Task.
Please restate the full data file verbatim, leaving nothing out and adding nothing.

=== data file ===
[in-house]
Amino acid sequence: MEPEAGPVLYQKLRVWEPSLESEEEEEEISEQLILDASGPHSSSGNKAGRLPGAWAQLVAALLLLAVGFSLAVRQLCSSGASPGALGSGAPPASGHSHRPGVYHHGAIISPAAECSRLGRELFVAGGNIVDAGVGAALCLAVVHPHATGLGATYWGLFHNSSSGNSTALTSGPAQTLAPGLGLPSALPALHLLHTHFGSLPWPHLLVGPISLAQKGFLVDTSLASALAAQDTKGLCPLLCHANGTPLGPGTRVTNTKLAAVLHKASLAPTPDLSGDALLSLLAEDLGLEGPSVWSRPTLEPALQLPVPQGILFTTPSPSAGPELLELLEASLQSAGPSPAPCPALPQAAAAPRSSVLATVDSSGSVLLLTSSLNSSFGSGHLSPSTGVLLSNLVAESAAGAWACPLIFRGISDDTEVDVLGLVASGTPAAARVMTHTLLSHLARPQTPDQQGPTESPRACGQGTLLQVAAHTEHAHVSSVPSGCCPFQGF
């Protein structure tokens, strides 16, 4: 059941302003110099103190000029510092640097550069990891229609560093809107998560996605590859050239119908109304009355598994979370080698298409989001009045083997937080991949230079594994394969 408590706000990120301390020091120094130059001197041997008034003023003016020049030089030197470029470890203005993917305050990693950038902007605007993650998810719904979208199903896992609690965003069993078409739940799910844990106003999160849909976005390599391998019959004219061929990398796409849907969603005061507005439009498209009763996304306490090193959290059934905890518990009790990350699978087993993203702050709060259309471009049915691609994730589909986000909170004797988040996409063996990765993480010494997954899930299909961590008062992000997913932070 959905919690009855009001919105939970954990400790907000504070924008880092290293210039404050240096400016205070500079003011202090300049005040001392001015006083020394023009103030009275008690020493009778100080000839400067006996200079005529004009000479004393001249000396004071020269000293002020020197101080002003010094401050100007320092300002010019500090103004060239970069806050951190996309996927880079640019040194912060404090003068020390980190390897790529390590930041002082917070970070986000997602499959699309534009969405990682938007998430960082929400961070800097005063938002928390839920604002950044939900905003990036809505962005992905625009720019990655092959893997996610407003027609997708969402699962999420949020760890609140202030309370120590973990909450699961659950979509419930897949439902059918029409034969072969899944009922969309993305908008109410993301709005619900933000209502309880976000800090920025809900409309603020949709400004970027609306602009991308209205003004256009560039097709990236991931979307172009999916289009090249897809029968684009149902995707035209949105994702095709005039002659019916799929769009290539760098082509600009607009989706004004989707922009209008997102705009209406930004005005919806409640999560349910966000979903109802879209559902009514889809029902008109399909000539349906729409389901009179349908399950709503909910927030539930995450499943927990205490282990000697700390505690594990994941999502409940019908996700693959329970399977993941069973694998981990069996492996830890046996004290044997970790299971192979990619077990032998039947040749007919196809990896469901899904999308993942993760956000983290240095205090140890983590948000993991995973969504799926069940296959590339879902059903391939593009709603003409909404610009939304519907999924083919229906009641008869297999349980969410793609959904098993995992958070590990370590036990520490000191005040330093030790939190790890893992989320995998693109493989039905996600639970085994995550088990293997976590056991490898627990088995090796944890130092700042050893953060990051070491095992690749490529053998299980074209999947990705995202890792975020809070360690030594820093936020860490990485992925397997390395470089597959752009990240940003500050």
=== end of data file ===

[in-house]
Amino acid sequence: MEPEAGPVLYQKLRVWEPSLESEEEEEEISEQLILDASGPHSSSGNKAGRLPGAWAQLVAALLLLAVGFSLAVRQLCSSGASPGALGSGAPPASGHSHRPGVYHHGAIISPAAECSRLGRELFVAGGNIVDAGVGAALCLAVVHPHATGLGATYWGLFHNSSSGNSTALTSGPAQTLAPGLGLPSALPALHLLHTHFGSLPWPHLLVGPISLAQKGFLVDTSLASALAAQDTKGLCPLLCHANGTPLGPGTRVTNTKLAAVLHKASLAPTPDLSGDALLSLLAEDLGLEGPSVWSRPTLEPALQLPVPQGILFTTPSPSAGPELLELLEASLQSAGPSPAPCPALPQAAAAPRSSVLATVDSSGSVLLLTSSLNSSFGSGHLSPSTGVLLSNLVAESAAGAWACPLIFRGISDDTEVDVLGLVASGTPAAARVMTHTLLSHLARPQTPDQQGPTESPRACGQGTLLQVAAHTEHAHVSSVPSGCCPFQGF
């Protein structure tokens, strides 16, 4: 059941302003110099103190000029510092640097550069990891229609560093809107998560996605590859050239119908109304009355598994979370080698298409989001009045083997937080991949230079594994394969 408590706000990120301390020091120094130059001197041997008034003023003016020049030089030197470029470890203005993917305050990693950038902007605007993650998810719904979208199903896992609690965003069993078409739940799910844990106003999160849909976005390599391998019959004219061929990398796409849907969603005061507005439009498209009763996304306490090193959290059934905890518990009790990350699978087993993203702050709060259309471009049915691609994730589909986000909170004797988040996409063996990765993480010494997954899930299909961590008062992000997913932070 959905919690009855009001919105939970954990400790907000504070924008880092290293210039404050240096400016205070500079003011202090300049005040001392001015006083020394023009103030009275008690020493009778100080000839400067006996200079005529004009000479004393001249000396004071020269000293002020020197101080002003010094401050100007320092300002010019500090103004060239970069806050951190996309996927880079640019040194912060404090003068020390980190390897790529390590930041002082917070970070986000997602499959699309534009969405990682938007998430960082929400961070800097005063938002928390839920604002950044939900905003990036809505962005992905625009720019990655092959893997996610407003027609997708969402699962999420949020760890609140202030309370120590973990909450699961659950979509419930897949439902059918029409034969072969899944009922969309993305908008109410993301709005619900933000209502309880976000800090920025809900409309603020949709400004970027609306602009991308209205003004256009560039097709990236991931979307172009999916289009090249897809029968684009149902995707035209949105994702095709005039002659019916799929769009290539760098082509600009607009989706004004989707922009209008997102705009209406930004005005919806409640999560349910966000979903109802879209559902009514889809029902008109399909000539349906729409389901009179349908399950709503909910927030539930995450499943927990205490282990000697700390505690594990994941999502409940019908996700693959329970399977993941069973694998981990069996492996830890046996004290044997970790299971192979990619077990032998039947040749007919196809990896469901899904999308993942993760956000983290240095205090140890983590948000993991995973969504799926069940296959590339879902059903391939593009709603003409909404610009939304519907999924083919229906009641008869297999349980969410793609959904098993995992958070590990370590036990520490000191005040330093030790939190790890893992989320995998693109493989039905996600639970085994995550088990293997976590056991490898627990088995090796944890130092700042050893953060990051070491095992690749490529053998299980074209999947990705995202890792975020809070360690030594820093936020860490990485992925397997390395470089597959752009990240940003500050």